There’s no telling where things will go from here, with activists calling for more demonstrations in days to come, and a no-confidence vote against Tel Aviv Mayor, Ron Huldai, planned by the municipal opposition in tomorrow’s city council session. My own estimate is that things that happened last night are just the beginning, as what I witnessed in the streets is people who have lost their sense of fear. “Arrest one – a thousand more will come” was a popular slogan all through the night. If people last year sat in groups in the encampments and learned what they want and why they want it – last night was their first chance to learn firsthand how to get it while on the streets. After this, it is doubtful people will return to quiet rallies of the kind we saw last year.

Edit: ainfos adds that

Quote:
Among the many red flags and a lonely Israeli flag few RedNblack were seen too. Anarchists were mainly in the pink-black feed of the one hour earlier Queeraction demonstration.
Mark.
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Jun 26 2012 09:35

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+972: Amidst hostile media and police violence, J14 finds new voice

Noam Sheizaf wrote:

It was a different J14 protest than the ones we saw last year: less organized, and more emotional and confrontational. On Saturday night, thousands of Israelis assembled at Habima Square, and then marched on to block some of Tel Aviv’s main roads: Ibn Gavirol Street, Begin Road, and even the Ayalon highway, that crosses the city from north to south. A couple of banks had their windows smashed; 89 protesters were arrested.

Police later exaggerated reports of violence by protesters, perhaps in an effort to justify the unprecededent number of arrests. Unlike in previous cases, protesters detained by police weren’t let go after a few hours, but rather were held for the night. Yesterday (Sunday), the police asked the court to extend the remands of 14 protesters on charges of assault on cops and even stone-throwing. Yet despite numerous videos taken at the protest – including by the police – there was no evidence whatsoever of such assaults, and not a single law enforcement officer was hurt (not the case for the protesters). On Sunday, various clips of police officers beating protesters emerged (like this one, be sure to check out the last few seconds). Later, a judge released all the protesters.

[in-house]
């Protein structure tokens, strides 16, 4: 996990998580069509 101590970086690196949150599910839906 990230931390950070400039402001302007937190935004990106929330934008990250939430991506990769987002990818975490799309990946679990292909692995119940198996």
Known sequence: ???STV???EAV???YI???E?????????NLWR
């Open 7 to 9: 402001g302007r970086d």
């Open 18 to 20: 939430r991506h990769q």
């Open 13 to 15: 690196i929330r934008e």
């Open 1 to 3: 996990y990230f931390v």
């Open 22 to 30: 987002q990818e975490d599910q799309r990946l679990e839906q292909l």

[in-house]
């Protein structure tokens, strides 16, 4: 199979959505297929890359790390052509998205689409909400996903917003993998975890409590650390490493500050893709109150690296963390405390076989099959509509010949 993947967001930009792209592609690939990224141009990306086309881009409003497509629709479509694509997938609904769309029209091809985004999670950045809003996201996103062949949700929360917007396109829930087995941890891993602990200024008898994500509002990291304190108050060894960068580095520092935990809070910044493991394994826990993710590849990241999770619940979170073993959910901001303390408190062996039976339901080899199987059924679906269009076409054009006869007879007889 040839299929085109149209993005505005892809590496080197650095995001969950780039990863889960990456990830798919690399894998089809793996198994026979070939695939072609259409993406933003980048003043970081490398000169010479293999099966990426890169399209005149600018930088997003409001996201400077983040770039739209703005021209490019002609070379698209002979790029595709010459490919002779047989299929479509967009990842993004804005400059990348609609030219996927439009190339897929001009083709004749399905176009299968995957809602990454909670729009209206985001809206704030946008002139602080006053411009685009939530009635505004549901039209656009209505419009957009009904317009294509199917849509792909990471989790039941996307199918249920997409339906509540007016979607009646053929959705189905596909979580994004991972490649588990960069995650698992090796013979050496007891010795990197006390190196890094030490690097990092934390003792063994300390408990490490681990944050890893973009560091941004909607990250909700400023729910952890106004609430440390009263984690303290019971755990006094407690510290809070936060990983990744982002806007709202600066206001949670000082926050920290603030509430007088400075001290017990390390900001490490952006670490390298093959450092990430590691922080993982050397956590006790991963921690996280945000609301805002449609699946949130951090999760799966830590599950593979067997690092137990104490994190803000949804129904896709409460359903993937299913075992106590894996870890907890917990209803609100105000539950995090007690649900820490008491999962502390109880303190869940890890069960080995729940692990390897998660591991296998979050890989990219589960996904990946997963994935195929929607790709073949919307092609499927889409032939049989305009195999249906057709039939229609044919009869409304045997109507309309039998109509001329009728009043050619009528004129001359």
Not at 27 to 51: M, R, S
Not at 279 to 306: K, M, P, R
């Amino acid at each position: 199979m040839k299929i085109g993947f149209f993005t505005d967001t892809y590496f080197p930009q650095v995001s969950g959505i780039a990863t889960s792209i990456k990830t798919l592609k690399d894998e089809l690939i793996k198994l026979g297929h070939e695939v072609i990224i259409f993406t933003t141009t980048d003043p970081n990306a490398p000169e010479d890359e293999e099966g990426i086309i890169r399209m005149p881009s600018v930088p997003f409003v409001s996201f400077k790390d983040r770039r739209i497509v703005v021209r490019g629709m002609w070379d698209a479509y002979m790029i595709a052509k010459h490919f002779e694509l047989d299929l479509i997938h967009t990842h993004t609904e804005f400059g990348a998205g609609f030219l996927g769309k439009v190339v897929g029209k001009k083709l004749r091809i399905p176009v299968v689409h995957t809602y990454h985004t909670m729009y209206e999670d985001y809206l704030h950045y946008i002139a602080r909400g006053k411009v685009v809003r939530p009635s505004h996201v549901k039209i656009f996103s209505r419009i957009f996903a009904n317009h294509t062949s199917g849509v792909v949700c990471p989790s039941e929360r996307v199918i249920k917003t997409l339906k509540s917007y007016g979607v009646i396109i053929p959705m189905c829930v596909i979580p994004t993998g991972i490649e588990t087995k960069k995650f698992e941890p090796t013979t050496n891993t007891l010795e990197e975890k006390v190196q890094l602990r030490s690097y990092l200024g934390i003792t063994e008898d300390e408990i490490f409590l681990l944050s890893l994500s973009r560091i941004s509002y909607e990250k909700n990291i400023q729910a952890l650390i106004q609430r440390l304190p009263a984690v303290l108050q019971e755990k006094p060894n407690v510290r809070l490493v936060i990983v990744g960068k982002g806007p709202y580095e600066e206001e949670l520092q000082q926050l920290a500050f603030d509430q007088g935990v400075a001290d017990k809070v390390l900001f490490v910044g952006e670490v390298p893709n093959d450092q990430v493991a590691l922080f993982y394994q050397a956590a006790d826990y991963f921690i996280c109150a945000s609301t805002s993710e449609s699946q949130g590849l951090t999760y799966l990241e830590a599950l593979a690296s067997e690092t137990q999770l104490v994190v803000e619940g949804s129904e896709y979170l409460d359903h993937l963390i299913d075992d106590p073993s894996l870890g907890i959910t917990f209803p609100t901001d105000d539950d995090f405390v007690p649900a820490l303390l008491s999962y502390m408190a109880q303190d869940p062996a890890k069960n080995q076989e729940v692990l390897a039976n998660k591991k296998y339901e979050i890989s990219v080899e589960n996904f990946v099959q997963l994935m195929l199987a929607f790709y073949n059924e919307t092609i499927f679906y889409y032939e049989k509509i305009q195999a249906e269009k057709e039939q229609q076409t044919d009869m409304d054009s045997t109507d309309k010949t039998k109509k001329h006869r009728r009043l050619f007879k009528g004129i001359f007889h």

There is no denying that something has changed in the J14 movement. Last year’s consensus-building atmosphere was gone, replaced by a surprising level of bitterness and anger. Many protesters spoke of the need to take the political battle to the streets, now that even the government’s mild promises from last year weren’t fulfilled, and especially due to the lack of Knesset opposition. Prime Minister Netanyahu now has a coalition of 94 members of Knesset behind him, leaving a fragmented 26-MK strong opposition, which doesn’t even meet the threshold for the assembling of a special debate (which requires 40 members). Netanyahu may have secured the near future by cancelling the elections he wanted to announce, but he reignited the protest against his government.

Another interesting development is the change in the way the media treats the protest. Last year, proxies to the prime minister spoke of “media conspiracy” against him, due to what seemed like the mainstream media’s favorable treatment of J14. Things couldn’t be more different today. J14 was blamed for the economic slowdown Israel is experiencing, which sent the media market into a deep crisis. As a result – and perhaps, out of growing dislike of the protesters themselves – the media tone has changed to one that ranges between ignoring the protest and bashing it.

This is no conspiracy theory. I have heard in person from at least two employees of a couple of the largest media organizations in Israel that they were instructed not to promote news item about the protest, unless something “really exceptional” happens. The managing director of Channel 10 even said as much in public, when he ordered his employees not to “create a social protest.” The effect of the new guidelines was visible last Saturday – until the protesters blocked the city’s main highway and the bank windows were smashed, only Haaretz featured the report of the protest as its top story.